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Armstrong Woods State Reserve

For a New Englander like myself, where buldings from several centuries ago are still visible and often very much in use, California does have a certain youthful quality to it. Houses, businesses, neighborhoods, communities – they don’t evoke the sense that they’ve been around for hundreds of years. Because they haven’t. Which is why I was pretty awed at standing in a grove of ancient redwoods on my most recent hike. They pre-date pretty much every civilized part of this contintent.

In western Sonoma County few miles from Guerneville near the Russian River is the Armstrong Woods State Reserve, which features some very tall trees and some very old trees. It also was an ideal spot to head on Sunday when the temperature was steamy inland. Walking through a grove was cool, serene and bug-free.

Some friends had trekked a six-mile loop through Armstrong Woods a couple of months ago, and because I had missed out since I was out of town, I was eager to check it out. The reviews I had heard was that it wasn’t a long hike, but it was a steep elevation climb up and down over about 6 miles, making it feel like a much longer climb. I headed out there and parked at the visitor center so we could 1. avoid the newly-hiked state park entrance fee (which I felt guilty about much of the day, but it did just go up to $8 thanks to the Depression-like status of CA’s finances…..) and 2. everyone else was parked there and that’s where the trailhead started anyway.

A fairly steep climb greeted us, but seeing several youngsters handling the early part problem-free gave me enough motivation to keep on chugging. Actually, the redwoods only appear at the bottom of the trail when we returned to the valley floor. On the way, there were some fine views of the tops of them and some fog off in the distance (I have yet to NOT see fog off in the distance somewhere during my hikes. Definitely an area hallmark.)

I’m trying to occasionally broaden my botanical knowledge, so on this hike, I was admiring the pepperwood trees, which have a distinct smell and branches that are probably strong enough to thwack something with. I’ve heard that there’s a Pepperwood Preserve elsewhere in Sonoma County that’s worth hiking.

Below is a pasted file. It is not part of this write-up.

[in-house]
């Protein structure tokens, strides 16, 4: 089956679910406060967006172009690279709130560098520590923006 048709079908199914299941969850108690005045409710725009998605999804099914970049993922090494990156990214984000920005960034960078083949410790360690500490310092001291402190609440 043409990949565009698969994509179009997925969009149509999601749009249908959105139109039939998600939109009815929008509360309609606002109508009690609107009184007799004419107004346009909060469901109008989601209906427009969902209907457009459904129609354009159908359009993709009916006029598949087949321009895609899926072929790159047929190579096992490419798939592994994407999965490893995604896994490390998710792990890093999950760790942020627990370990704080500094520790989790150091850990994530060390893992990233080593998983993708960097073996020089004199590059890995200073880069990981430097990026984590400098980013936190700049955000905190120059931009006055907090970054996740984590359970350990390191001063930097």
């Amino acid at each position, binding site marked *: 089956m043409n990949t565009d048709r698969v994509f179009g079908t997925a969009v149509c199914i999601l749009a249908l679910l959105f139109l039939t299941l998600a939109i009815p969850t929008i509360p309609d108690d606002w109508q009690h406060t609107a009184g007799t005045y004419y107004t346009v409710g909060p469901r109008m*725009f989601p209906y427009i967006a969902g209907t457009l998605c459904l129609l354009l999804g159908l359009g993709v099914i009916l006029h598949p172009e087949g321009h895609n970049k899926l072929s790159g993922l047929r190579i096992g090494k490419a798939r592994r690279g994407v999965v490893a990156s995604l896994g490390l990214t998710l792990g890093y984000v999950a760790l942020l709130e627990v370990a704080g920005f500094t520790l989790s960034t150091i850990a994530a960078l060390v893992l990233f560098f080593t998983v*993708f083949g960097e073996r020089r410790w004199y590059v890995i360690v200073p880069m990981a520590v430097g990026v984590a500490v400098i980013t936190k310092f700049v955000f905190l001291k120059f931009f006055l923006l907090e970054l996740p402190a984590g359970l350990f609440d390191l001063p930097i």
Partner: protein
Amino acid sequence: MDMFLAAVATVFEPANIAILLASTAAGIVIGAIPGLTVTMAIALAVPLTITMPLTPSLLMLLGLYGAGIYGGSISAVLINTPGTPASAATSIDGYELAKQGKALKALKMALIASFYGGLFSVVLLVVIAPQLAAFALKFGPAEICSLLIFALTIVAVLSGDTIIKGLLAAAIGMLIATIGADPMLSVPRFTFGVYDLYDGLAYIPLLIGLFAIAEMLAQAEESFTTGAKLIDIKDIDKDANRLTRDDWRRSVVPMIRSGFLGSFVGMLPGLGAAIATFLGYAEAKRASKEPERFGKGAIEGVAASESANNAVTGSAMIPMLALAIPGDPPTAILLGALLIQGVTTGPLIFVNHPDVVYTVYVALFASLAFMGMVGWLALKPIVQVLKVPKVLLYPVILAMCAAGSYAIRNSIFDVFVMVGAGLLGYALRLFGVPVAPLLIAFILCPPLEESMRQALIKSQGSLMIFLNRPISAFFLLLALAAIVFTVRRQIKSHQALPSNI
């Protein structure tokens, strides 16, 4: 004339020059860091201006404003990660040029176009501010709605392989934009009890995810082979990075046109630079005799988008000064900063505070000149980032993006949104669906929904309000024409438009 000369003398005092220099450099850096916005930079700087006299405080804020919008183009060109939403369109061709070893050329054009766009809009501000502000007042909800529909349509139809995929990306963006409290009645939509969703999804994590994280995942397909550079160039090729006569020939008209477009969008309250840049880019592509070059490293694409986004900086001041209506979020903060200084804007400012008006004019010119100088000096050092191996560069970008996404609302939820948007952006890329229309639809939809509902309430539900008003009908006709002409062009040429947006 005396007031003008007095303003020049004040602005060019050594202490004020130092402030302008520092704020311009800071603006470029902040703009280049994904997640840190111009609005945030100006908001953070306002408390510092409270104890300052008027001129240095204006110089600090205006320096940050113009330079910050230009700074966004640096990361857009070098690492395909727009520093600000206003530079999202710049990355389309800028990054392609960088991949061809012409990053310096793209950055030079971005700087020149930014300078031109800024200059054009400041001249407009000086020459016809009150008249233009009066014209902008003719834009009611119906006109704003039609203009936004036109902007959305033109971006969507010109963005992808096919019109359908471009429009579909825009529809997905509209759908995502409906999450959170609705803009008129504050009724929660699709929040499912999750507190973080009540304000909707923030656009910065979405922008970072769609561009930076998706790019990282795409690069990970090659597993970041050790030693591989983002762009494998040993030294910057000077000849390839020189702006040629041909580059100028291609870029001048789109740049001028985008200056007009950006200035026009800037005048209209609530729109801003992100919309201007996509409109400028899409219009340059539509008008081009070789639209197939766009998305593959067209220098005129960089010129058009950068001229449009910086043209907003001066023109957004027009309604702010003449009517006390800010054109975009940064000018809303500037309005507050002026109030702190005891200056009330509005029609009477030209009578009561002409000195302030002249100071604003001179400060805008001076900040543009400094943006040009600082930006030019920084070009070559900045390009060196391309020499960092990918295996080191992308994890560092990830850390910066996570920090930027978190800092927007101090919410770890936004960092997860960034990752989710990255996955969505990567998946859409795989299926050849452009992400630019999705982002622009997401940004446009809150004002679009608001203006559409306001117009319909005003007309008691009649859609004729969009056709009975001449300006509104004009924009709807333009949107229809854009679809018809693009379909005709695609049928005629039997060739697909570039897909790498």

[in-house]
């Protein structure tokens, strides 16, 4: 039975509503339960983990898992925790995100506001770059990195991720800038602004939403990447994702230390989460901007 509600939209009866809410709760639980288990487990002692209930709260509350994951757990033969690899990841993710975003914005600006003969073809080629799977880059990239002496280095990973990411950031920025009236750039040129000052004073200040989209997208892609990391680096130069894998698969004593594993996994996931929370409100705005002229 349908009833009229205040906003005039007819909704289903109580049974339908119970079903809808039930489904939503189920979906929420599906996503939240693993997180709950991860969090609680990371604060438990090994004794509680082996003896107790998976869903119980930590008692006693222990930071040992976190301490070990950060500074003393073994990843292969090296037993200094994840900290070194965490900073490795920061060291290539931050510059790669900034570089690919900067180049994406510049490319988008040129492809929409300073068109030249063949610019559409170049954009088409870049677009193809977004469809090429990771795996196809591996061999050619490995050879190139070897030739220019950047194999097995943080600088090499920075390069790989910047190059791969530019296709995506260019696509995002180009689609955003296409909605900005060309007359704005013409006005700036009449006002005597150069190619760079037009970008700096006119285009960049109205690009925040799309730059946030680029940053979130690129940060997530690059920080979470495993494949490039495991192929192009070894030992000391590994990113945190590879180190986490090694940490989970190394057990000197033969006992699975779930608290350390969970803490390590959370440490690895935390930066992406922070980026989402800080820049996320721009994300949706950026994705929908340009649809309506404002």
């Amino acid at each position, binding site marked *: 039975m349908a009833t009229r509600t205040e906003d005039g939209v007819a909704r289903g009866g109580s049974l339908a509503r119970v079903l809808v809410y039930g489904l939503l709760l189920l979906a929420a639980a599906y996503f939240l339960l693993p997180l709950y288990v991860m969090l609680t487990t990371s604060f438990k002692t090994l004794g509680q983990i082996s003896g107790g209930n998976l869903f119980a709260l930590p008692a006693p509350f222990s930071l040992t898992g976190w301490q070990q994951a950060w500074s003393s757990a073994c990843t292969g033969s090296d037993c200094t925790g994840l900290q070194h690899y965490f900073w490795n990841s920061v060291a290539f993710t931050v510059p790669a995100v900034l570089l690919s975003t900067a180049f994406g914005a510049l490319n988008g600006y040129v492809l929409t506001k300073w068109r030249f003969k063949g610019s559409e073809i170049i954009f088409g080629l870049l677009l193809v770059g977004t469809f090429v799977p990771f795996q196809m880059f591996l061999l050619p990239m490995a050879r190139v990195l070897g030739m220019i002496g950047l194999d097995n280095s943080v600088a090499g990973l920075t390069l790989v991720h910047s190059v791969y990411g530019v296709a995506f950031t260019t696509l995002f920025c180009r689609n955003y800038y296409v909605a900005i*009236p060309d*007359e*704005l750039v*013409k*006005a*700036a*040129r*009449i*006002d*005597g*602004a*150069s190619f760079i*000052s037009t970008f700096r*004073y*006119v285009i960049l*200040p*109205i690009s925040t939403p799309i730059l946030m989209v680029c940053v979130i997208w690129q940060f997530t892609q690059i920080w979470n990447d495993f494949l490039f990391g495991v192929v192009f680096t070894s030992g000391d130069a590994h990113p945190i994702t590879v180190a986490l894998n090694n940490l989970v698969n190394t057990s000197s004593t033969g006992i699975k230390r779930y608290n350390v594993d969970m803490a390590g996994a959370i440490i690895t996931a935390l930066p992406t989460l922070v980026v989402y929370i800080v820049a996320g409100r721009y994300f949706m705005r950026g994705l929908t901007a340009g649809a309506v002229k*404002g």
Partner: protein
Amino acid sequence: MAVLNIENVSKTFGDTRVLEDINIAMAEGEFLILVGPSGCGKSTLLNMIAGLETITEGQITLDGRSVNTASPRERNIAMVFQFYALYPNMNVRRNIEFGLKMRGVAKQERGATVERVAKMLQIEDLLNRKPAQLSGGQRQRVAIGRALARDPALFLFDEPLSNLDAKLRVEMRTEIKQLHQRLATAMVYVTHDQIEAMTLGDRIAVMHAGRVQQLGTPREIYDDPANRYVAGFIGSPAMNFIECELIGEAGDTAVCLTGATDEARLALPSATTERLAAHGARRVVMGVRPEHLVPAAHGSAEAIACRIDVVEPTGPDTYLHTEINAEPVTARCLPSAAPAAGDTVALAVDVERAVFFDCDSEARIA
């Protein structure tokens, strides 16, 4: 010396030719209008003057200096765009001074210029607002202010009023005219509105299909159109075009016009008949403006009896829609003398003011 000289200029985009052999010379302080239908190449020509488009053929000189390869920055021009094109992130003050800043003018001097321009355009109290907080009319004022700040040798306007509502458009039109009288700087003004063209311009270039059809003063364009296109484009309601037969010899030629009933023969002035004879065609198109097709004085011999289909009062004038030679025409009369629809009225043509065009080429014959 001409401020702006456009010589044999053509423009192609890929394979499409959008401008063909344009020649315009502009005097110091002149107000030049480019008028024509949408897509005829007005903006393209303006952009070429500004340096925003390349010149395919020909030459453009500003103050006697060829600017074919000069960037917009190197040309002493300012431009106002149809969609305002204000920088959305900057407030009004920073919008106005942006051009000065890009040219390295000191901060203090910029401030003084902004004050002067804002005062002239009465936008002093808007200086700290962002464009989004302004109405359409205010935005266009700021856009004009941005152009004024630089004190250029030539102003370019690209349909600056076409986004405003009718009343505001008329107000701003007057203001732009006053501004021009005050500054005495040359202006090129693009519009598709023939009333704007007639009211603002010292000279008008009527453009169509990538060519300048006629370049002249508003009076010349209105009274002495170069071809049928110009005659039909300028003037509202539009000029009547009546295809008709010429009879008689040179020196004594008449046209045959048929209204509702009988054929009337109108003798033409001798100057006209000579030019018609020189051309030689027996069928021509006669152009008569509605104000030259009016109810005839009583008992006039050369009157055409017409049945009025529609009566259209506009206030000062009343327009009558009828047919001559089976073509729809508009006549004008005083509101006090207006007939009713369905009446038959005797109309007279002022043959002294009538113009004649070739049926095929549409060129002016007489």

In the grove itself, we encounted the Col. Armstrong Tree, about 1,400 years ago and 300-plus feet tall. Armstrong was a Colonel for the Union Army in the Civil War and became a prominent developer and saw mill operator in Sonoma County. According to historical archives, he was also a close friend of Luther Burbank and spent much of the later years of his life working to protect the grove of redwoods I was standing in. Nearby was the Parson Jones Tree, considered the park’s tallest tree at 310 feet. Or a football field turned vertical, appropriate enough given that this was the last pre-football Sunday for the next 17 weeks. The reserve, a different designation than a state park as it denotes more attention to preserving the contents of the area, in this case the redwoods, is adjacent to Austin Creek State Recreation Area, which hopefully I’ll get to explore soon as well.

At the end of the hike, we detoured a bit to add a couple more miles to the hike and because it was so cool and shaded, we weren’t in a hurry to leave the setting. So, after about four hours and eight miles in total, maybe 1,100 feet climb in elevation and some very old trees that will be standing long after I am, I was ready for my merit badge for the day. (Hopefully those trees will make it another millennium or so. An interesting fact about redwoods is that they apparently have extremely shallow root systems, which is not what I would have expected. So, wind is a threat.)

Oh yeah … Happy Labor Day, comrades.